gbigleg


Ugh, let's also adjust the horizontal justification, so the title is centered:

gbigleg = gbigleg +
guides(colour = guide_colorbar(title = "NumbernofnStationsnReporting",
title.hjust = 0.5))
gbigleg


That looks better for the legend, but we still have a lot of wasted space.

## Legend IN the plot

One of the things I believe is that the legend should be inside the plot. In order to do this, we can use the legend.position from the themes:

gbigleg +
theme(legend.position = c(0.3, 0.35))


Now, there seems can be a few problems here:

1. There may not be enough place to put the legend
2. The legend may mask out points/data

For problem 1., we can either 1) make the y-axis bigger or the legend smaller or a combination of both. In this case, we do not have to change the axes, but you can use ylim to change the y-axis limits:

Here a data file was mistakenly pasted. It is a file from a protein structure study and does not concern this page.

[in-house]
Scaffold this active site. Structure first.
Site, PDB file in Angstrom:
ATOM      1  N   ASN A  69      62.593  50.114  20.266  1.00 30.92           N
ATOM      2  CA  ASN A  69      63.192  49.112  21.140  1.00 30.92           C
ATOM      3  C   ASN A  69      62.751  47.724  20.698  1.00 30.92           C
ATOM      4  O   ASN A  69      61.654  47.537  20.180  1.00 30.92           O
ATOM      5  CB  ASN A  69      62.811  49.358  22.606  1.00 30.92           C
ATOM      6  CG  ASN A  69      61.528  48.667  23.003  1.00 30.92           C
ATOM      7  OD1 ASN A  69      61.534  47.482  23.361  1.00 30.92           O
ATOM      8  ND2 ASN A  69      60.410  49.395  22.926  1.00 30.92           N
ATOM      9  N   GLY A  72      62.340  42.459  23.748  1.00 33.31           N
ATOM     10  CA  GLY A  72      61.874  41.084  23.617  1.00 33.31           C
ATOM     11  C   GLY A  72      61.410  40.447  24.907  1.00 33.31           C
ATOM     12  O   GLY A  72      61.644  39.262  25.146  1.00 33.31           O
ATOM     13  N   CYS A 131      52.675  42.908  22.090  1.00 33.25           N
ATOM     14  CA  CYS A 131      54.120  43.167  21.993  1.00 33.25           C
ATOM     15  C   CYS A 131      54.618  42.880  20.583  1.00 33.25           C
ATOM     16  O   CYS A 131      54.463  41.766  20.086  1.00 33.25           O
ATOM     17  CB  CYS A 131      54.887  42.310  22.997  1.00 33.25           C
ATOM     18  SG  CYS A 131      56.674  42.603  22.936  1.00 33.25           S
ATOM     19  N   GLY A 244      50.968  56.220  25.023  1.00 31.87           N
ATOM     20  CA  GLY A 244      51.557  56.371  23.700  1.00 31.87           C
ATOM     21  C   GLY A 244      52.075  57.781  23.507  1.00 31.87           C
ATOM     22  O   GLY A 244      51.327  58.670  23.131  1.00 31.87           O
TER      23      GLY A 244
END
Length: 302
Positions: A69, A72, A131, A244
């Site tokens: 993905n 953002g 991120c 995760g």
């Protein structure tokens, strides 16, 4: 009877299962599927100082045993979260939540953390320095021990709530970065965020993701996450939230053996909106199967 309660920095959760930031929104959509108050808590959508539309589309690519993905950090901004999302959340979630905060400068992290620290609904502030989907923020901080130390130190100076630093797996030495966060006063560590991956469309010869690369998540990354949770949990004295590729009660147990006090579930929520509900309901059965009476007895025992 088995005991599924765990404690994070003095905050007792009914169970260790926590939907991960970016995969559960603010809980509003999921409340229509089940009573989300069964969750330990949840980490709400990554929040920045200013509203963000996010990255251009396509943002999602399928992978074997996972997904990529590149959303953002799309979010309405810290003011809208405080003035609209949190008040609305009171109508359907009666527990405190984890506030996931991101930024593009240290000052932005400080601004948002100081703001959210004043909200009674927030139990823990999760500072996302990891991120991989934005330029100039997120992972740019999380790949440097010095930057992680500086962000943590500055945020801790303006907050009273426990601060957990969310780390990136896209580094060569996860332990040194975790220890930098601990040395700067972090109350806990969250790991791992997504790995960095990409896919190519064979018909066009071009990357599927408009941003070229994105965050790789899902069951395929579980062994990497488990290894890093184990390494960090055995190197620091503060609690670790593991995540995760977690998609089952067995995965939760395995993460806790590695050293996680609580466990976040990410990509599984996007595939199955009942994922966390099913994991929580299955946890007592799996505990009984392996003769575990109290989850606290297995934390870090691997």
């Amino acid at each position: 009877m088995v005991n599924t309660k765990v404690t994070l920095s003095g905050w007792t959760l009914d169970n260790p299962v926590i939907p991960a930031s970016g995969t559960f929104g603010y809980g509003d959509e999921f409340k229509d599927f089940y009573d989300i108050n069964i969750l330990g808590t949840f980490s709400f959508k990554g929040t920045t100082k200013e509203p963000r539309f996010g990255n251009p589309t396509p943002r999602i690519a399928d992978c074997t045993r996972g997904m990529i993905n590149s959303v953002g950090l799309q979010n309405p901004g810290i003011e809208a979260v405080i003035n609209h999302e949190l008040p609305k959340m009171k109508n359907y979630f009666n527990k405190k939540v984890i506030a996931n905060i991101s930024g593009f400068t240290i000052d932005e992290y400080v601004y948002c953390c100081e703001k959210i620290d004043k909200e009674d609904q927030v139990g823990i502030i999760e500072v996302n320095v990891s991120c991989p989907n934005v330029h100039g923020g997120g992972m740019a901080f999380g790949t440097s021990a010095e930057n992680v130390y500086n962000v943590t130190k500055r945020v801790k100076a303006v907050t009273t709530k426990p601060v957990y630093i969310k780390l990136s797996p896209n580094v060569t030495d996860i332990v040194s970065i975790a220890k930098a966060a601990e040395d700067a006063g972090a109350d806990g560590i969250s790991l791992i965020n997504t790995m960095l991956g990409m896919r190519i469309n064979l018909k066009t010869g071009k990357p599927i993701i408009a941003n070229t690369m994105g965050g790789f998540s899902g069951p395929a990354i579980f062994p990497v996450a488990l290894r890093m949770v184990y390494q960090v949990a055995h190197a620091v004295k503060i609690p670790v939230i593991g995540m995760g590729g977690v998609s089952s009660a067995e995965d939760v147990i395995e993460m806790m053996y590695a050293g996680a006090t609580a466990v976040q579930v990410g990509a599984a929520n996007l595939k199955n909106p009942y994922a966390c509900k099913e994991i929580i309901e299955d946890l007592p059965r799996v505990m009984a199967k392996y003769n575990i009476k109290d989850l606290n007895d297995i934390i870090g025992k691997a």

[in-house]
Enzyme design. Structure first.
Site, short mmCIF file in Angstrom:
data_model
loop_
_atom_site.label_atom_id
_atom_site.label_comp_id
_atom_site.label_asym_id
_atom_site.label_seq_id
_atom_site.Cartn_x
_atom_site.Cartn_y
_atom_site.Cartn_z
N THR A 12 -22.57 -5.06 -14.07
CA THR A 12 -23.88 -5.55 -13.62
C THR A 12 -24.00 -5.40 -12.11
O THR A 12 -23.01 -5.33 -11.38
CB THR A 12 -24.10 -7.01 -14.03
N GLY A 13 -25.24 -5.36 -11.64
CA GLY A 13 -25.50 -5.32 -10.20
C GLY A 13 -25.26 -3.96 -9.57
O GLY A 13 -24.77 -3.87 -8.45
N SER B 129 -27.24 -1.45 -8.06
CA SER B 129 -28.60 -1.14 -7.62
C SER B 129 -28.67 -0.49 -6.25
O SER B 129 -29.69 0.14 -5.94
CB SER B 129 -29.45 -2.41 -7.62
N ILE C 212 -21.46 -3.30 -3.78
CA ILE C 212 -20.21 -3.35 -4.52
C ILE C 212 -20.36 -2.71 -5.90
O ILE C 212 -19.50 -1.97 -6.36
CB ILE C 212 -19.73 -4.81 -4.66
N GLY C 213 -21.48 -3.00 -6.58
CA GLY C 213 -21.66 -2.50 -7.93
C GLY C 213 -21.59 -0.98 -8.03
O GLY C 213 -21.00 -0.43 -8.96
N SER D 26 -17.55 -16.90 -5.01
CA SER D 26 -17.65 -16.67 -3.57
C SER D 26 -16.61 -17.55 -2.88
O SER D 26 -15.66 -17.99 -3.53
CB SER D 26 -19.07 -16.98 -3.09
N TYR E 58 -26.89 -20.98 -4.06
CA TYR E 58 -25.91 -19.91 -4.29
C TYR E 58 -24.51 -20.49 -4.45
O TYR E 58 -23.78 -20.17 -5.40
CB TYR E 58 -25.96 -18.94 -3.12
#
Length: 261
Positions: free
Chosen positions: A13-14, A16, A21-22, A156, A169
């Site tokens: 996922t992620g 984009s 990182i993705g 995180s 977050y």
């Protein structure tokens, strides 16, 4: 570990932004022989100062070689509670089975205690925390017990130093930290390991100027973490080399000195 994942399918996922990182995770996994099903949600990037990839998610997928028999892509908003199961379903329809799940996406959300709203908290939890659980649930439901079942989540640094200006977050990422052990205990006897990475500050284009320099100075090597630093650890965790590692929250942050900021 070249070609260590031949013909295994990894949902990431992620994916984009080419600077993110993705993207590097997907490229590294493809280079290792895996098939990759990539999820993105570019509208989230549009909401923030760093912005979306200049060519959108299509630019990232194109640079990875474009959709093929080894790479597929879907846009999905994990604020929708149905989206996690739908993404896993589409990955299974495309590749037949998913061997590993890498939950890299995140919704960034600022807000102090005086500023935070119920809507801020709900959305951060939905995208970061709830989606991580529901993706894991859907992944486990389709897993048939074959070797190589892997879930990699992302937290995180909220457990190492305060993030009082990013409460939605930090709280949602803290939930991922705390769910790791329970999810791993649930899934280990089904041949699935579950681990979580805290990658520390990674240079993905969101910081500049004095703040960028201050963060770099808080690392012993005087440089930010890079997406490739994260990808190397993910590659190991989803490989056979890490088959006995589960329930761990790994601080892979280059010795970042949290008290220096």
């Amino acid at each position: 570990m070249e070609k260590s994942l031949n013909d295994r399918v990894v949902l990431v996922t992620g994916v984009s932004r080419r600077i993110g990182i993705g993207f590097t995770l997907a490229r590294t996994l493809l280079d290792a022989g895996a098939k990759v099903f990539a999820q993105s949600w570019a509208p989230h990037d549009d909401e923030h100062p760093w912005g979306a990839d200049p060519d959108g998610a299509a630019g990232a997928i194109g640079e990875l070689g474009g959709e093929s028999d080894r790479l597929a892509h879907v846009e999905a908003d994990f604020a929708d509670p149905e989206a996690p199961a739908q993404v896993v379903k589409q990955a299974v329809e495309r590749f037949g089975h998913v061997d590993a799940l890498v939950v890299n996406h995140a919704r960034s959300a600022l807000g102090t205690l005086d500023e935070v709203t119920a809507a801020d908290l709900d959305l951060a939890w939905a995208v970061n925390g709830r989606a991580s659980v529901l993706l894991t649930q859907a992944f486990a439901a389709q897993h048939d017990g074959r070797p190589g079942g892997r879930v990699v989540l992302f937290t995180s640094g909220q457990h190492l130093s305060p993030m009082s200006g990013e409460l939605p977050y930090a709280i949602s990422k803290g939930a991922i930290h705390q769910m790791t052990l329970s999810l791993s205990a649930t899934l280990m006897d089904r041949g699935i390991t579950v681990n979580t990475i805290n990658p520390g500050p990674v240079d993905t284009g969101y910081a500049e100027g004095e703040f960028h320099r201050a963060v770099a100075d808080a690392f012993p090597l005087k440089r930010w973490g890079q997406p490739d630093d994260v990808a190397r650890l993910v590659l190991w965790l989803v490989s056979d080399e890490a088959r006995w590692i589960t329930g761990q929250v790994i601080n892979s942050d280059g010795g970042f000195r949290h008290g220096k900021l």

gbigleg +
theme(legend.position = c(0.3, 0.35)) +
gtrans_leg


### “I don't like that theme”

Many times, I have heard people who like the grammar of ggplot2 but not the specified theme that is default. The ggthemes package has some good extensions of theme from ggplot2, but there are also a bunch of themes included in ggplot2, which should be specified before changing specific elements of theme as done above:

g + theme_bw()


g + theme_dark()


g + theme_minimal()


g + theme_classic()


## Conclusions

I agree that ggplot2 can deceive new users by making graphs that look “good”-ish. This may be a detriment as they may believe they are good enough, when they truly need to be changed. The changes are available in base or ggplot2 and the overall goal was to show how the recommendations can be achieved using ggplot2 commands.